The Economy of Prestige: Prizes, Awards, and the Circulation of Cultural Value
This is a book about one of the great untold stories of modern cultural life: the remarkable ascendancy of prizes in literature and the arts. Such prizes and the competitions they crown are almost as old as the arts themselves, but their number and powerand their consequences for society... show more
This is a book about one of the great untold stories of modern cultural life: the remarkable ascendancy of prizes in literature and the arts. Such prizes and the competitions they crown are almost as old as the arts themselves, but their number and powerand their consequences for society and culture at largehave expanded to an unprecedented degree in our day. In a wide-ranging overview of this phenomenon, James F. English documents the dramatic rise of the awards industry and its complex role within what he describes as an economy of cultural prestige.Observing that cultural prizes in their modern form originate at the turn of the twentieth century with the institutional convergence of art and competitive spectator sports, English argues that they have in recent decades undergone an important shifta more genuine and far-reaching globalization than what has occurred in the economy of material goods. Focusing on the cultural prize in its contemporary form, his book addresses itself broadly to the economic dimensions of culture, to the rules or logic of exchange in the market for what has come to be called "cultural capital." In the wild proliferation of prizes, English finds a key to transformations in the cultural field as a whole. And in the specific workings of prizes, their elaborate mechanics of nomination and election, presentation and acceptance, sponsorship, publicity, and scandal, he uncovers evidence of the new arrangements and relationships that have refigured that field.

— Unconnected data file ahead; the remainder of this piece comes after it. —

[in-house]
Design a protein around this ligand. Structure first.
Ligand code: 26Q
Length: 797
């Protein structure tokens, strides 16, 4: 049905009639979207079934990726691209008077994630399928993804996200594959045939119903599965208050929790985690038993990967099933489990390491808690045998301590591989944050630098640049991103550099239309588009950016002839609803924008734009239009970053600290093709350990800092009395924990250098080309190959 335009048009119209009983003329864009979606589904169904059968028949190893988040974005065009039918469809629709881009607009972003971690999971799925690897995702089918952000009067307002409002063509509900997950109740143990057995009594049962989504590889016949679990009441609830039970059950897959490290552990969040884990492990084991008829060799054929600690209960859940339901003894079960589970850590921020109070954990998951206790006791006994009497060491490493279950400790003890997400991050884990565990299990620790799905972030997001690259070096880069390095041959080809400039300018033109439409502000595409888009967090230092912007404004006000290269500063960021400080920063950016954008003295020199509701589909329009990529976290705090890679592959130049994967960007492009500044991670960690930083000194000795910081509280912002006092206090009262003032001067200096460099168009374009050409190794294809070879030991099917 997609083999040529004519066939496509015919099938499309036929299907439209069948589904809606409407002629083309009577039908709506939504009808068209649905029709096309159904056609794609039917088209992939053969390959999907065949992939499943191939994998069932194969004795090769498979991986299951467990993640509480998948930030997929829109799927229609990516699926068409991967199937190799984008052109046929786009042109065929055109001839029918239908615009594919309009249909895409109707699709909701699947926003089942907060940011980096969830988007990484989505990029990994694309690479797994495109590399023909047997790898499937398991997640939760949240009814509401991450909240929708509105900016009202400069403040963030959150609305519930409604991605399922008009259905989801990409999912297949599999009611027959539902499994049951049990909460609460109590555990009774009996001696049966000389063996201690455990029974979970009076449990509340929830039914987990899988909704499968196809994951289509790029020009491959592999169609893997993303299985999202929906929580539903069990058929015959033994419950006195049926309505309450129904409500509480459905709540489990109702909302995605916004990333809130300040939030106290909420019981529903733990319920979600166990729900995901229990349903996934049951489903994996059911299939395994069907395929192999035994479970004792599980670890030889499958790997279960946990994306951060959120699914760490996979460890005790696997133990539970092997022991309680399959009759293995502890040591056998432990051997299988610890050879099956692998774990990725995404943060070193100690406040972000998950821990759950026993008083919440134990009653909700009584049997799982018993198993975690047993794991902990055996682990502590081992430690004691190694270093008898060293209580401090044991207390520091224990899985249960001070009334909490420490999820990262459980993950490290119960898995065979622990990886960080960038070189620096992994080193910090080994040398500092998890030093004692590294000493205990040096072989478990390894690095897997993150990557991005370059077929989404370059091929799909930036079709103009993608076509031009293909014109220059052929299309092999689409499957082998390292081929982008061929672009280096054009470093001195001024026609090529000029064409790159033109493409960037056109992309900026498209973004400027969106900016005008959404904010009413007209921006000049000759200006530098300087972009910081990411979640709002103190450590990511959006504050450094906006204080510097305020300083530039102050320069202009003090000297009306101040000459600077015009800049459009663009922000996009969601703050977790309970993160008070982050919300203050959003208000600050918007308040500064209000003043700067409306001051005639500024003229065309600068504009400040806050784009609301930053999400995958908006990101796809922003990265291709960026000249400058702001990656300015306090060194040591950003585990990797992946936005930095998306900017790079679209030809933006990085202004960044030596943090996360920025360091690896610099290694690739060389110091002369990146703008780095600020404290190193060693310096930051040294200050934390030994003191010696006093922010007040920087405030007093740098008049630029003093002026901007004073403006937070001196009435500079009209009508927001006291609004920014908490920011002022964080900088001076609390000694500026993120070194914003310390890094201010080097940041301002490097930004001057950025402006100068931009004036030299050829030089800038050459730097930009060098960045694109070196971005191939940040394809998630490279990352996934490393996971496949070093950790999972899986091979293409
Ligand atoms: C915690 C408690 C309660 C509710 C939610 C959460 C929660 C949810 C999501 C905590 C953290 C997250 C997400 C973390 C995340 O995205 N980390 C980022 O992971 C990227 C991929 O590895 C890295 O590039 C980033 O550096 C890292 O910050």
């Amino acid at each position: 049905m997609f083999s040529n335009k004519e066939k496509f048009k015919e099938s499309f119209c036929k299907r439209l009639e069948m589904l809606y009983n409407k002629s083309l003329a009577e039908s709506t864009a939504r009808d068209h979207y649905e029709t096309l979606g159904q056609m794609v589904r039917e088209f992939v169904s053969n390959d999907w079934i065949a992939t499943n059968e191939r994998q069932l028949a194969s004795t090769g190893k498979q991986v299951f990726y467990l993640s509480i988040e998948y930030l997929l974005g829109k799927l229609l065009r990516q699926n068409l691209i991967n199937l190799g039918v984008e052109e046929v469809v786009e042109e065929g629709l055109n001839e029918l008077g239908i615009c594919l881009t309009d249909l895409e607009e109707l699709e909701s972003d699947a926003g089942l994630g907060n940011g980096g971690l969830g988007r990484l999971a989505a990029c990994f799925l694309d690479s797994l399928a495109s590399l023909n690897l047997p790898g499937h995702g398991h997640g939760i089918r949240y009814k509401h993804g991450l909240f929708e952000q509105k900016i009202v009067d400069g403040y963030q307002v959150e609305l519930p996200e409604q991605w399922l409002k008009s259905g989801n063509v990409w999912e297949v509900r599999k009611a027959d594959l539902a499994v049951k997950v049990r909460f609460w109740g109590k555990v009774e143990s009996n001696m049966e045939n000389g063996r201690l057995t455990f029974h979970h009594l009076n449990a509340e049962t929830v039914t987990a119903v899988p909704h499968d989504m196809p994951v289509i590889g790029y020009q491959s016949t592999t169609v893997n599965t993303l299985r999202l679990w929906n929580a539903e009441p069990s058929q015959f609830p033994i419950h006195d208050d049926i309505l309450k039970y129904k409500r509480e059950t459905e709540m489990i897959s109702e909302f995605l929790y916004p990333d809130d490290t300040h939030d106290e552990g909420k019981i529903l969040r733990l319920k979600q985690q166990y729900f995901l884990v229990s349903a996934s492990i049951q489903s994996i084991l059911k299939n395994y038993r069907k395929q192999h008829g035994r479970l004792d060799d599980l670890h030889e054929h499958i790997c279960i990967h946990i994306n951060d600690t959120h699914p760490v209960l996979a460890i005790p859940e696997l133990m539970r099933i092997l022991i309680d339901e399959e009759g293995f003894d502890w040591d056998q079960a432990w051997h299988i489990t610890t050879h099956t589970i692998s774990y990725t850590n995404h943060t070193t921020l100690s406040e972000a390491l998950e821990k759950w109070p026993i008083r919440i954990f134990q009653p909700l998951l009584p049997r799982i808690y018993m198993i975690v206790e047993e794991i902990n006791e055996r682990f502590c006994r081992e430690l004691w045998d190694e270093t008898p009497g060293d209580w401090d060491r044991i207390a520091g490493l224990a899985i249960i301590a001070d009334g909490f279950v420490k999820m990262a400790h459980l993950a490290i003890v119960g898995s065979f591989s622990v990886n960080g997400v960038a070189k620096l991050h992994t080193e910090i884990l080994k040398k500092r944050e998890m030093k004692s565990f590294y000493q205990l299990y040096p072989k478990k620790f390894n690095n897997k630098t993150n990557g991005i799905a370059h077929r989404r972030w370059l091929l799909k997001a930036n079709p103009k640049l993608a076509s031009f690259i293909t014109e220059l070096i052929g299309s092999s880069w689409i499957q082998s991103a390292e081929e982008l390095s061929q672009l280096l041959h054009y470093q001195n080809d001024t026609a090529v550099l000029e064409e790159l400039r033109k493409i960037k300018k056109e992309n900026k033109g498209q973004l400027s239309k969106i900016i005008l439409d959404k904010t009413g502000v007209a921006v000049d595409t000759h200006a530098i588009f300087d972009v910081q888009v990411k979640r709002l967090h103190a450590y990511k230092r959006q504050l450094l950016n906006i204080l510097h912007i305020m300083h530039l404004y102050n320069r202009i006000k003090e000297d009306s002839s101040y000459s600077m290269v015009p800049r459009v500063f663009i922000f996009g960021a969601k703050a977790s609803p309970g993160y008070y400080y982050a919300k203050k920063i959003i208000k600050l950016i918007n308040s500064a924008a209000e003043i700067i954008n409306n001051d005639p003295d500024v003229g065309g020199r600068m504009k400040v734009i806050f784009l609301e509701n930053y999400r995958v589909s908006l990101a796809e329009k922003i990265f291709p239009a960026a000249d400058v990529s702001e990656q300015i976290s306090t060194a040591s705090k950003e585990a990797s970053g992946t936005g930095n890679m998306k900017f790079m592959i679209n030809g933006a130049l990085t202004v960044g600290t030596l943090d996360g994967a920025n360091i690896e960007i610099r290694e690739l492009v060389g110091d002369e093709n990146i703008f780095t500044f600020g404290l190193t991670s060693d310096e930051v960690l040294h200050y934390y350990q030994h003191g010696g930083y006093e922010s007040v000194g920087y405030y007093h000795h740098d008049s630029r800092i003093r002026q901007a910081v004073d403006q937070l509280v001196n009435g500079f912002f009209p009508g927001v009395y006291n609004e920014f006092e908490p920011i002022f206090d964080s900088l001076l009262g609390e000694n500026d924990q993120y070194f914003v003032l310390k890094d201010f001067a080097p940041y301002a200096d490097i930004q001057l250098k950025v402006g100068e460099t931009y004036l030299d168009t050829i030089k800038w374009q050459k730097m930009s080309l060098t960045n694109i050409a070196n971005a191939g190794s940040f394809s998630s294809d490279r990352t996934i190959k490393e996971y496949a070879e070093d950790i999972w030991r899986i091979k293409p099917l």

Publish date: November 15th 2005
Publisher: Harvard University Press
Pages no: 409
Edition language: English
That was pretty much my attitude going in, and the author seems to agree. So far so good. The book was an impulse purchase, which looked "interesting" because it promised to validate all my preconceptions. (I love when books do that.) Sadly, the text is dry. Dry as a bone.... in a convection o...